NFU column: Cratfield turkey farmer urges consumers to buy fresh and local at Christmas

Chris Mobbs with a Bronze turkey

Chris Mobbs with a Bronze turkey - Credit: Archant

The multi-million pound players have started their Christmas advertising campaign, writes Halesworth turkey farmer Chris Mobbs.

Images flash across our screens of idyllic lunch tables laden with the Christmas turkey and all the trimmings, others show the free-range rearing credentials used to bring this meal to the table. This is advertising on a grand scale: high production costs, no expense spared.

So how does the small producer, independent butcher or farm shop compete with this barrage of imagery designed to whet the appetite?

The answer is quality, individual customer service and value.

We really do treat each customer as an individual, care for each one of our turkeys in a special way and offer our customers very good value for money.

Also, because we are all so local we invest directly back into our communities.

We offer much more than a series of carefully-crafted images to bring a genuinely special turkey to the table in all its glory on Christmas Day.

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The turkey farmer’s year will start in January with the arrival of the glossy price lists from the breeders, tempting us for the coming season.

Questions that pass through your mind include how many bronze birds to grow, what weight ranges will be the most popular and how is the economy going to be next December?

Once the decision on what to grow is made there is a lull till May or June, when the chicks start to arrive.

Despite this happening every year there is still the excitement of a new arrival, the nurturing of something fragile in its young life and getting it off to a healthy start.

After five or six weeks the first time you let them out to grass is another highlight, that initial timid step into the unknown then the growing confidence as the days go on and they come to enjoy the sun on their backs.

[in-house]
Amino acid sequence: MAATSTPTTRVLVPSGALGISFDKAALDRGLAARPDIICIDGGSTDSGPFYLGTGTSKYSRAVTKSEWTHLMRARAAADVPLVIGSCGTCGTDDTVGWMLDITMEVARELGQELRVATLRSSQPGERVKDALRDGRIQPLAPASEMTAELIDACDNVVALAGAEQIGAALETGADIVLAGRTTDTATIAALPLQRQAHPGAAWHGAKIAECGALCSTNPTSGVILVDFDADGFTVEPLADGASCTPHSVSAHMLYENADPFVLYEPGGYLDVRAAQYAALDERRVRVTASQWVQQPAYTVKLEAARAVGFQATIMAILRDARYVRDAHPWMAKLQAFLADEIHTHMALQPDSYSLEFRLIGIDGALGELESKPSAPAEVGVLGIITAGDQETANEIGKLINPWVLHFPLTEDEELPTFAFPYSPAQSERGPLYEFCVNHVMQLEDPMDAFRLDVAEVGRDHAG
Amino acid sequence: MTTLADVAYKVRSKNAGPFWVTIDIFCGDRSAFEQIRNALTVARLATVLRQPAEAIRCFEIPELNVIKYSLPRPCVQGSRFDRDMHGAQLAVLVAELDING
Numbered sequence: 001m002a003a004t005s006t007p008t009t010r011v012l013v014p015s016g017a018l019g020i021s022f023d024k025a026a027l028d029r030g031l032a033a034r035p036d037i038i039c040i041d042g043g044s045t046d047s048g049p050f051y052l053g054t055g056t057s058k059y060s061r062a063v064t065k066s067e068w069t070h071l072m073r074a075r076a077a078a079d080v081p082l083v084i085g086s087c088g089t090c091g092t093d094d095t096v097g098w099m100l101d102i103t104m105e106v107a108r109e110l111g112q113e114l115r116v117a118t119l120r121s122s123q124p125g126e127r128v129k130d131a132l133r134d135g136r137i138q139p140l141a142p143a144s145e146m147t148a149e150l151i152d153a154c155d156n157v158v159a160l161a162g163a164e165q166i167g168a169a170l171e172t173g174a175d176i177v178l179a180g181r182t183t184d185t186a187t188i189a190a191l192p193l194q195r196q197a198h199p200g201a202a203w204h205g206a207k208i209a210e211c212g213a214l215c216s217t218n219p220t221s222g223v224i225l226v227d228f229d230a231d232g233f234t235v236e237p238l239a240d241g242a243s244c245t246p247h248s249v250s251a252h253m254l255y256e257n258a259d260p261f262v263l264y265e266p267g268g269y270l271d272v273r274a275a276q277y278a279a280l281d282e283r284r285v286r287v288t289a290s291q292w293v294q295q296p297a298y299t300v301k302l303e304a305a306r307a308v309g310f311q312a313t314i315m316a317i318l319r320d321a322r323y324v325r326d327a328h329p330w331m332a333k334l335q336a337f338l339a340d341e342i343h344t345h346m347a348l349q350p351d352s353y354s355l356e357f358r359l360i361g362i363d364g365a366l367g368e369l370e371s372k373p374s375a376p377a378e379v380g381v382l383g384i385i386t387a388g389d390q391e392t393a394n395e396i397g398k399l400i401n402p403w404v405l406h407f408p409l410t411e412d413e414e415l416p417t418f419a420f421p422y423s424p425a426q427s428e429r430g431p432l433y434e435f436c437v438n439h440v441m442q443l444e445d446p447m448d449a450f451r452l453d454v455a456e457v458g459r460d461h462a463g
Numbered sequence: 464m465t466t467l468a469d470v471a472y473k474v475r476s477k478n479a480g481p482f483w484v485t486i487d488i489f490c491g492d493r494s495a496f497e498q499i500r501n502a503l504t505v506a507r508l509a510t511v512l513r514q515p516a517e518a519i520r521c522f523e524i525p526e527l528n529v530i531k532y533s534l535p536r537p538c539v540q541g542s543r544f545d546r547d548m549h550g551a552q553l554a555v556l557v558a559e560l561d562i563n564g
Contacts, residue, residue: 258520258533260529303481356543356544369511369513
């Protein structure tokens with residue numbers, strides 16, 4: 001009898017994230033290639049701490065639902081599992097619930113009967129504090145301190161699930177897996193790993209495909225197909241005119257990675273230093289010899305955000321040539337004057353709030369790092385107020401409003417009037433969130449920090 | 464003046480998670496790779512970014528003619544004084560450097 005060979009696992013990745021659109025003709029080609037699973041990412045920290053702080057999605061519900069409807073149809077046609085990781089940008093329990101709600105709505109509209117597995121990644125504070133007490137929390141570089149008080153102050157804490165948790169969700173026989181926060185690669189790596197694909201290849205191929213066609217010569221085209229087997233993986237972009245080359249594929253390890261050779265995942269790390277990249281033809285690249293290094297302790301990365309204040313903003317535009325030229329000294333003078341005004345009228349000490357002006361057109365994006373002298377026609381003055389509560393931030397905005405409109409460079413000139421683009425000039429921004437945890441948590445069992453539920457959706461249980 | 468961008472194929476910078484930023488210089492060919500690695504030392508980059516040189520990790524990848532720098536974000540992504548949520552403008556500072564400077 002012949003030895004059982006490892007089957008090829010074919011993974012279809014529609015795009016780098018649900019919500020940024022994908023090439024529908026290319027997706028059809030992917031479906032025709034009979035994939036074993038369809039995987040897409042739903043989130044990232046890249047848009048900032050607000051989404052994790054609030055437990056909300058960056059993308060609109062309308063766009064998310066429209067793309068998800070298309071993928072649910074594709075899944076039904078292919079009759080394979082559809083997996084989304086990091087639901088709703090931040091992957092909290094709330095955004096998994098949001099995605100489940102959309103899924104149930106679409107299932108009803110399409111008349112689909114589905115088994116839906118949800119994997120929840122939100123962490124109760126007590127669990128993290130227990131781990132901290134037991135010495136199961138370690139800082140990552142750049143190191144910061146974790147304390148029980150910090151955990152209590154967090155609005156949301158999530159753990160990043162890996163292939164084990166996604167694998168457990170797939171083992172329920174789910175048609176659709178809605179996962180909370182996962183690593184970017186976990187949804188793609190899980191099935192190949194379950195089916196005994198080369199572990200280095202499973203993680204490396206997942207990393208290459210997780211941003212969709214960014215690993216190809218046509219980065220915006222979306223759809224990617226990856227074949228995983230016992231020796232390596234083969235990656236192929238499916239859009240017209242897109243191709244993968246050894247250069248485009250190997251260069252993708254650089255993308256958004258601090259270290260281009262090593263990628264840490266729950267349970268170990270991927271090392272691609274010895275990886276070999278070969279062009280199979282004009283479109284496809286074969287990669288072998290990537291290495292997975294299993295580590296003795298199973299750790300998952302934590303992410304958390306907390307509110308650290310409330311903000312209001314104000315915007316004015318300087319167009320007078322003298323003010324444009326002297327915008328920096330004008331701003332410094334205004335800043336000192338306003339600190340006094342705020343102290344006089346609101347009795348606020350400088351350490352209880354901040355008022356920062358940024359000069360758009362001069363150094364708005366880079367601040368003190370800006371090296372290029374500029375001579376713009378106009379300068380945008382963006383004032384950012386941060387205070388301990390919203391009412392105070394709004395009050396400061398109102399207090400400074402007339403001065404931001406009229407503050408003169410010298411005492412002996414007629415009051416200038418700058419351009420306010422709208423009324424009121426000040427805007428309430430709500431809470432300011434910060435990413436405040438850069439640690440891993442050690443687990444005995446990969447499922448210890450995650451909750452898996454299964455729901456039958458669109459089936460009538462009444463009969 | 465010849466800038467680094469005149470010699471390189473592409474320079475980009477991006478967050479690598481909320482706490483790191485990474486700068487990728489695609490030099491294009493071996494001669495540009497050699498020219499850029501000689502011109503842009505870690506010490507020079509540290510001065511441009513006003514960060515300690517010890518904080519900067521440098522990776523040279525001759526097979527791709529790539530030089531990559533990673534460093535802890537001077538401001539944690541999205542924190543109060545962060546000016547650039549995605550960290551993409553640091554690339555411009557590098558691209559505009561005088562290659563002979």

When it comes to shutting up during the early autumn months the unwillingness to be driven into the shed to avoid the attentions of the fox can lead to frustrations but there is always tomorrow and that chance to run and spread your wings and fly.

This may sound lyrical but the farmer, like anybody else, has to take pride in what he does and, though obviously deriving our income from growing the poultry, we also enjoy the process, despite its ups and downs.

December is now looming, 10 days to go before the big pluck commences and all those last minute preparations are under way for the final approach to the big day. The traditional free range turkey will be dry plucked and hand prepared on the farm it was reared on, not transported miles away to a factory, so the plucking gang will have been organised.

As a traditional Christmas turkey producer I, like many others, have been growing turkeys in this way for many years.

It is the knowledge gained in many cases getting on for 100 years that goes into that glorious golden roast bird you serve up on Christmas Day.

Each producer will have his or her own unique selling point, something they do which is different and makes them proud and which they want to tell you about it.

Maybe it’s the feed they use. Some of us grow and produce our own, others might have old orchards the turkeys roam through.

We all like to say that how we pluck, hang and prepare your turkey is unique to us.

So this year, when you come to ordering your free range turkey, go along to your local producer, butcher or farm shop.

These are the outlets where you will find the genuine article and the knowledge to answer questions you might have, as the producer is only a step away, not a long way down the supply chain.

This is what producing a traditional free range turkey is really about.

So enjoy the quality and understand the attention to detail that has gone into that golden roast. We will all be joining you.

To find a turkey producer near you go to

Chris Mobbs farms at Cratfield, near Halesworth, and is ex-chair of the Suffolk Coastal NFU branch.